The 2015 SEMICON Taiwan was held at the Taipei Nangang Exhibition Center in the Nangang District of Taipei City, Taiwan September 2-4. The event drew over 30,000 visitors from all over the world for the three-day event with nearly 1,500 exhibits from a diverse array of companies and organizations across the semiconductor industry.
Cimetrix exhibited at SEMICON Taiwan trade show for the first time, in conjunction with its newest Asian partner, Flagship International.
This turned out to be the 20th Anniversary of SEMICON Taiwan, so the mood was especially buoyant and the attendance brisk. SEMI also commemorated the event with a Gala Dinner at the Grand Hyatt on Wednesday night, and we were privileged to attend courtesy of our Flagship colleagues.
The president of Taiwan, Ma Ying-jeou, even made a guest appearance to thank the semiconductor industry for its contribution to Taiwan’s economic health.
Shortly after the exhibition opened on Wednesday (Sept. 2), a couple of visitors from UMC showed up, and shared the latest work they’ve been doing with the Wait Time Waste (WTW) concepts that we had presented two years earlier. C.Y. Tiao and James Lin of UMC even made two presentations at the eMDC conference on this topic.
From a standards perspective, this has now taken the form of SEMI E168, Specification for Product Time Measurement (PTM), and has been defined at the “time element” and supporting GEM/SECS message level for process equipment, automated material handling systems (AMHS), and material control systems (MCS). With the advent of SEMI E164 (EDA Common Metadata), these concepts are especially easy to implement, because all the events necessary to calculate the full suite of time elements are required by standard… but more on this is a later blog!
Since much of the world’s foundry capacity is in Taiwan, the equipment industry was well represented at the show, which included many of Cimetrix’ current customers as well as a few local prospects. As a result, Dave Faulkner and Kerry Iwamoto had a chance to visit a number of these firsthand.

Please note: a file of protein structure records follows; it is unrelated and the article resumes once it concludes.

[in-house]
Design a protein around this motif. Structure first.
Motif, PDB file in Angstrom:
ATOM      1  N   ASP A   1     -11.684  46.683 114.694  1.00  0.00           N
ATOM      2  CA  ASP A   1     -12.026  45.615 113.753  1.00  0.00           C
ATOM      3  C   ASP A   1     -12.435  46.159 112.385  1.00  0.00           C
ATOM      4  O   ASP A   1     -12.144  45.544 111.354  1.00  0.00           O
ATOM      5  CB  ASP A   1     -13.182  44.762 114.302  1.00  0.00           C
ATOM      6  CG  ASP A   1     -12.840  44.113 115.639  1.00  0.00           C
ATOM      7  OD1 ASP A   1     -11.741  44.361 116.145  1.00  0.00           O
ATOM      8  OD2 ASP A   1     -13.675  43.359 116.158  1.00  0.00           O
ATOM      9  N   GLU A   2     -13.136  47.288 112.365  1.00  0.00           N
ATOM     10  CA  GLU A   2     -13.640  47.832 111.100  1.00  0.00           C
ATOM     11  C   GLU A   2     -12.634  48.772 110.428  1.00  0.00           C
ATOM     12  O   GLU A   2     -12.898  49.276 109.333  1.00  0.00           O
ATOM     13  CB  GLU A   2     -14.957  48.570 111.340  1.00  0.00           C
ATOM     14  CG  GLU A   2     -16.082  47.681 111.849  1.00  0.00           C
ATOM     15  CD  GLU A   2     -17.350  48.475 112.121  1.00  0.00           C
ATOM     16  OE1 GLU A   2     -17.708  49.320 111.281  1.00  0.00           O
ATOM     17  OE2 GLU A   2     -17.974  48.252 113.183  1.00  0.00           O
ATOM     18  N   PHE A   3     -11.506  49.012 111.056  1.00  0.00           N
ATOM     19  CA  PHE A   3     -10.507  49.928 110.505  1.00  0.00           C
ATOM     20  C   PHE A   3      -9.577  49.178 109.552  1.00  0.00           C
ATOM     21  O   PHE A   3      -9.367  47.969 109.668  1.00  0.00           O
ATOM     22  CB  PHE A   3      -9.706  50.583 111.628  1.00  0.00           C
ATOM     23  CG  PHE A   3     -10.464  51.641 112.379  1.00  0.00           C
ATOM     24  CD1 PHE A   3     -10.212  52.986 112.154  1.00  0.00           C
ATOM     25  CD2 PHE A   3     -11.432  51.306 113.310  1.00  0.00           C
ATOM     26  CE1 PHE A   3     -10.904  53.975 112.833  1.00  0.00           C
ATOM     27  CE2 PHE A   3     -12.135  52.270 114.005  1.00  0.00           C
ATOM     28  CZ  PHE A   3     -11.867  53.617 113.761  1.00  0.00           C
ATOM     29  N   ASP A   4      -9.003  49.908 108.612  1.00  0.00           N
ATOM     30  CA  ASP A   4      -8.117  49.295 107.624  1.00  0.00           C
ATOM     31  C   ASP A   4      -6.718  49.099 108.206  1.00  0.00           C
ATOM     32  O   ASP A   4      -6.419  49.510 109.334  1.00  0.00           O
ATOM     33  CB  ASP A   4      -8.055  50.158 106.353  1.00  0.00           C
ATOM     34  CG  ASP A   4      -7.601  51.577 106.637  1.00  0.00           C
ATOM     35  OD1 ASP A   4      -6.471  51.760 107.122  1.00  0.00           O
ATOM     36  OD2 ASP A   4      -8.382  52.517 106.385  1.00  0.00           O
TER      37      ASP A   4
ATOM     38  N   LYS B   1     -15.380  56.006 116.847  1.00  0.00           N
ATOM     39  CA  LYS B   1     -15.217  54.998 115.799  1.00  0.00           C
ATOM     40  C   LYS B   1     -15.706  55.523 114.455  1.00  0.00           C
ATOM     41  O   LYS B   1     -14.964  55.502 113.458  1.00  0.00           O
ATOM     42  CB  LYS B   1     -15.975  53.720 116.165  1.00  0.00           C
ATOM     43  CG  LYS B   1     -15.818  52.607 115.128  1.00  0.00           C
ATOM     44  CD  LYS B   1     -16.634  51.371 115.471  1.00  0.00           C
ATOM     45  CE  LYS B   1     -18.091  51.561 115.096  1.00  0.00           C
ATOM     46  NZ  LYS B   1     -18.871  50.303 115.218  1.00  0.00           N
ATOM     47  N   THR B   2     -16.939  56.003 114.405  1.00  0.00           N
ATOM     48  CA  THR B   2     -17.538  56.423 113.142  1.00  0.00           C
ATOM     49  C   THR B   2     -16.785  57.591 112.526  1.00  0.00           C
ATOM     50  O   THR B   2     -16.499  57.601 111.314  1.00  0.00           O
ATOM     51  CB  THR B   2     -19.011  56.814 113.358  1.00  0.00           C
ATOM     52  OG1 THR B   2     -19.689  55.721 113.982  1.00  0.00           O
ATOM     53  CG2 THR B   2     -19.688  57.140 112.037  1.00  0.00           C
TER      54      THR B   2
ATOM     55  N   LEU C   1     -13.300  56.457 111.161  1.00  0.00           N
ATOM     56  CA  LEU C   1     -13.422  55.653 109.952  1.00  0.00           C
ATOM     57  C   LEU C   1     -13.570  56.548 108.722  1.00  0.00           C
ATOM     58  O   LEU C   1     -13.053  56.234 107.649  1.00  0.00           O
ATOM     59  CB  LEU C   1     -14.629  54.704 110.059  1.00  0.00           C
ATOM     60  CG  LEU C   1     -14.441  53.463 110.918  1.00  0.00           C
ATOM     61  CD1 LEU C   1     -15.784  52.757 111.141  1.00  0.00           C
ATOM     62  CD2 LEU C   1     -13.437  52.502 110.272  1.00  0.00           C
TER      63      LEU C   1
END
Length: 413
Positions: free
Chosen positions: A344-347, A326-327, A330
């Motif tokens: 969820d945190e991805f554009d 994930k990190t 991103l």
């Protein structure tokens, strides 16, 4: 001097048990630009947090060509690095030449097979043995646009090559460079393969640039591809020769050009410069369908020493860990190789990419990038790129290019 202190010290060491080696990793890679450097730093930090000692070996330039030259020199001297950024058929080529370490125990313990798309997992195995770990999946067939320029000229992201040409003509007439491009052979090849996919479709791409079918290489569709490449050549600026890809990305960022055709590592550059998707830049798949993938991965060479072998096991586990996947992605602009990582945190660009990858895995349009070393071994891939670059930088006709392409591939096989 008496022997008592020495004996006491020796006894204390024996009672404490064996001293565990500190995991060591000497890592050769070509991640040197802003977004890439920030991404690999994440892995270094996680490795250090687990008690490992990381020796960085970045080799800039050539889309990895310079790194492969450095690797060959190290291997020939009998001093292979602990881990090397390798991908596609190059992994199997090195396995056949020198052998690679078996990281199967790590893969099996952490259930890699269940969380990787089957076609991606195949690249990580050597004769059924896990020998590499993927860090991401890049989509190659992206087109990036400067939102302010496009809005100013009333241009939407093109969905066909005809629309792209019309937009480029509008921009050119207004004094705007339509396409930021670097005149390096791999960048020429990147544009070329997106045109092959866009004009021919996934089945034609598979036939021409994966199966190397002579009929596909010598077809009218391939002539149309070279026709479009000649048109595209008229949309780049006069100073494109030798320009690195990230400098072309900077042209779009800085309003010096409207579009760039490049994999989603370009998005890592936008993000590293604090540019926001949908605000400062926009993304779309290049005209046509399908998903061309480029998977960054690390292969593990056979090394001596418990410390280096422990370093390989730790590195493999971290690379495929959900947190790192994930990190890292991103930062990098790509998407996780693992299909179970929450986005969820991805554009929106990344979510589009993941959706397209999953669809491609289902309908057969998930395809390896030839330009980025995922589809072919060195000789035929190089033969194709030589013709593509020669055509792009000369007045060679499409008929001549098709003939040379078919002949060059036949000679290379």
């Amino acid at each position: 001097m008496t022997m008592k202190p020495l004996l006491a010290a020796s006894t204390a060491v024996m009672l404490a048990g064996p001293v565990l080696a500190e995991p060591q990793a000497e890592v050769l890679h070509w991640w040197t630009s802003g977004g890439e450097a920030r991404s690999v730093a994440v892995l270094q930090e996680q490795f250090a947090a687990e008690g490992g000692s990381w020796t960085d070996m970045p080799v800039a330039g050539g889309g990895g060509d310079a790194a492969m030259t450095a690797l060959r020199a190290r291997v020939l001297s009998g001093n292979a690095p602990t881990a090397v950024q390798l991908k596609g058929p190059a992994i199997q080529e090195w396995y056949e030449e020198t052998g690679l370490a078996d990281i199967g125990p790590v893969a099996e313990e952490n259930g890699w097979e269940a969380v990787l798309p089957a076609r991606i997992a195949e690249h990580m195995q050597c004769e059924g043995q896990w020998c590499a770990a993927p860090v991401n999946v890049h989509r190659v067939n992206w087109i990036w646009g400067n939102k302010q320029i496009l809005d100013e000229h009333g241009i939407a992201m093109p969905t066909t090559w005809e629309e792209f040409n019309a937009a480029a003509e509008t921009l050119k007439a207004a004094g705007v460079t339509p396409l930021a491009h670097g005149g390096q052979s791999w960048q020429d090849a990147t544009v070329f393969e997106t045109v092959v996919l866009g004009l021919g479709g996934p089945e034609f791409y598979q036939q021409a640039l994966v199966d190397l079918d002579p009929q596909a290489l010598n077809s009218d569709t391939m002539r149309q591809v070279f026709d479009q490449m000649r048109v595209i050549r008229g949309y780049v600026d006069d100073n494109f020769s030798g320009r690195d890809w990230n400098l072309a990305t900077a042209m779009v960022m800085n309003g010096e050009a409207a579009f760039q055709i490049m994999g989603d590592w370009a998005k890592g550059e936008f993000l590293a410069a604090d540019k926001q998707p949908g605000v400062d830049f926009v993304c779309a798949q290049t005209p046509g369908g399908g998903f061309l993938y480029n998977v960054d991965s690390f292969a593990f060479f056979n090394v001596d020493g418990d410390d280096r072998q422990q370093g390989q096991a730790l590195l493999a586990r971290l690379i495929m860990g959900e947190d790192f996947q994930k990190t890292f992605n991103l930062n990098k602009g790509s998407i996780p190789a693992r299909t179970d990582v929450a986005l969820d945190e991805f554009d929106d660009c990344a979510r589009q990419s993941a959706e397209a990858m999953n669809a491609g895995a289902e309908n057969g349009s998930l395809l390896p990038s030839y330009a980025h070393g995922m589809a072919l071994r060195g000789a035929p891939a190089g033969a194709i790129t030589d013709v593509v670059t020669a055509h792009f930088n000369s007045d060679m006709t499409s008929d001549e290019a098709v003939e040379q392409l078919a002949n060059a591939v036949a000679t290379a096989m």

Another highlight of the week for Cimetrix was participation in the eMDC (e-Manufacturing & Design Collaboration Symposium), where I made a presentation entitled “Data Fusion at the Source: Standards and Technologies for Seamless Sensor Integration” that addresses the challenges faced by process engineers in effectively using data from an increasing number of sources to analyze process behavior.
The basic idea is to handle the association of necessary context information (lot, substrate, product, layer, process, recipe, step, chamber, etc.) with the raw collected data as close to the source as possible, using a single, integrated model of the equipment and all related data sources. The equipment model that forms the foundation of the EDA/Interface A standards serves this purpose perfectly.
On a final related note, in visiting and talking with a number of the leading chip makers during the week, it seems that the adoption momentum for EDA is now building steadily, so we look forward to supporting this initiative across the value chain. Stay tuned for a late September post that will shed more light on this process!